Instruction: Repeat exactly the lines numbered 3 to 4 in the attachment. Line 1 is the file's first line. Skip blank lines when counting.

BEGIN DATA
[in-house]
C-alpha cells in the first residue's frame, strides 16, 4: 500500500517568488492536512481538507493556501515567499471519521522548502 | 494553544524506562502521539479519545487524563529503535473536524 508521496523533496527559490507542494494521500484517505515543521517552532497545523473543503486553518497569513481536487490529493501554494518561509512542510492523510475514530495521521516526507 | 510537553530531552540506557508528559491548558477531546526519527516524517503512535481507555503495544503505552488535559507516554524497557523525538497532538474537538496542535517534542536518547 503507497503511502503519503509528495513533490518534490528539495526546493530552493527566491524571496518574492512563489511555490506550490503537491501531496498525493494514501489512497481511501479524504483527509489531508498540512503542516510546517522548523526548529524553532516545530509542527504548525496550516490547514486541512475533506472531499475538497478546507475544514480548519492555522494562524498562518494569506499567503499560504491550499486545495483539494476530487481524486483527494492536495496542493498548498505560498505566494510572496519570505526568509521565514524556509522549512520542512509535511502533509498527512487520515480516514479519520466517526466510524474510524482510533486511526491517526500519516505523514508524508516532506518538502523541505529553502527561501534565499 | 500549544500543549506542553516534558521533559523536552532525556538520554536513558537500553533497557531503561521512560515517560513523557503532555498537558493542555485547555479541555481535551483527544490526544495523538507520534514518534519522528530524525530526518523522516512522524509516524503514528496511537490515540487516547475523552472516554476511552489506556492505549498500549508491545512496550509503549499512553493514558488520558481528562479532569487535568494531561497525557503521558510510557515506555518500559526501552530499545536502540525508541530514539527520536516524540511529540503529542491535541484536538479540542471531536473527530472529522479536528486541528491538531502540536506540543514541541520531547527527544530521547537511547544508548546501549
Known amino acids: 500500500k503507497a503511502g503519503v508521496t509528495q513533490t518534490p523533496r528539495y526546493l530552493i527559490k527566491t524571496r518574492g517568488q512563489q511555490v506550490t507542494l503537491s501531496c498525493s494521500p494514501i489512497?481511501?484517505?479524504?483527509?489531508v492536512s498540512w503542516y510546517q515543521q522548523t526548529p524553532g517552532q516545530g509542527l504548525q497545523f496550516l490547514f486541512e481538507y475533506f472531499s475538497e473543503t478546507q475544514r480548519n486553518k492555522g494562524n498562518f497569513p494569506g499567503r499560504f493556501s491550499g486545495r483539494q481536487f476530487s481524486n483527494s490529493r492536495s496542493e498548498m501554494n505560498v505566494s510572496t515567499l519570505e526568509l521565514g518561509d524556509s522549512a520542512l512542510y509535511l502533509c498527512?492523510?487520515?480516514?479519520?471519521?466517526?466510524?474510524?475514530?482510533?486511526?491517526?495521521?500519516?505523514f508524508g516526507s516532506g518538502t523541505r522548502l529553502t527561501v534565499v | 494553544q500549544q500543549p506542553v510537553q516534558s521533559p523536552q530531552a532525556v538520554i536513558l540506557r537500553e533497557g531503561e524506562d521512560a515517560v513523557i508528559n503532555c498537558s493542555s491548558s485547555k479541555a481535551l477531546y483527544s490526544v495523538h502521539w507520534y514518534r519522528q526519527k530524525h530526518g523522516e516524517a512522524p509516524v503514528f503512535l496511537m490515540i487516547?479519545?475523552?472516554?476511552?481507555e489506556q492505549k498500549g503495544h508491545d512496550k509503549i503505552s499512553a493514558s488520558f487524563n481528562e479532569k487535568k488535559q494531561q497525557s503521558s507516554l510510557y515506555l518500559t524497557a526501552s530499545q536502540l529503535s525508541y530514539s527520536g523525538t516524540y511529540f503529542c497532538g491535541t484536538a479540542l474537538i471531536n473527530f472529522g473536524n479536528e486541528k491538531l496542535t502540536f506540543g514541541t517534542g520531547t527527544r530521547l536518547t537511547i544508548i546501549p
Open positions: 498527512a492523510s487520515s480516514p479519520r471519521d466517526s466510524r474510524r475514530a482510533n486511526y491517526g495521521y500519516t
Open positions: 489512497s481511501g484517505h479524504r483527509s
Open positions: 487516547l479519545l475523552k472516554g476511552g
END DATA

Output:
Known amino acids: 500500500k503507497a503511502g503519503v508521496t509528495q513533490t518534490p523533496r528539495y526546493l530552493i527559490k527566491t524571496r518574492g517568488q512563489q511555490v506550490t507542494l503537491s501531496c498525493s494521500p494514501i489512497?481511501?484517505?479524504?483527509?489531508v492536512s498540512w503542516y510546517q515543521q522548523t526548529p524553532g517552532q516545530g509542527l504548525q497545523f496550516l490547514f486541512e481538507y475533506f472531499s475538497e473543503t478546507q475544514r480548519n486553518k492555522g494562524n498562518f497569513p494569506g499567503r499560504f493556501s491550499g486545495r483539494q481536487f476530487s481524486n483527494s490529493r492536495s496542493e498548498m501554494n505560498v505566494s510572496t515567499l519570505e526568509l521565514g518561509d524556509s522549512a520542512l512542510y509535511l502533509c498527512?492523510?487520515?480516514?479519520?471519521?466517526?466510524?474510524?475514530?482510533?486511526?491517526?495521521?500519516?505523514f508524508g516526507s516532506g518538502t523541505r522548502l529553502t527561501v534565499v | 494553544q500549544q500543549p506542553v510537553q516534558s521533559p523536552q530531552a532525556v538520554i536513558l540506557r537500553e533497557g531503561e524506562d521512560a515517560v513523557i508528559n503532555c498537558s493542555s491548558s485547555k479541555a481535551l477531546y483527544s490526544v495523538h502521539w507520534y514518534r519522528q526519527k530524525h530526518g523522516e516524517a512522524p509516524v503514528f503512535l496511537m490515540i487516547?479519545?475523552?472516554?476511552?481507555e489506556q492505549k498500549g503495544h508491545d512496550k509503549i503505552s499512553a493514558s488520558f487524563n481528562e479532569k487535568k488535559q494531561q497525557s503521558s507516554l510510557y515506555l518500559t524497557a526501552s530499545q536502540l529503535s525508541y530514539s527520536g523525538t516524540y511529540f503529542c497532538g491535541t484536538a479540542l474537538i471531536n473527530f472529522g473536524n479536528e486541528k491538531l496542535t502540536f506540543g514541541t517534542g520531547t527527544r530521547l536518547t537511547i544508548i546501549p
Open positions: 498527512a492523510s487520515s480516514p479519520r471519521d466517526s466510524r474510524r475514530a482510533n486511526y491517526g495521521y500519516t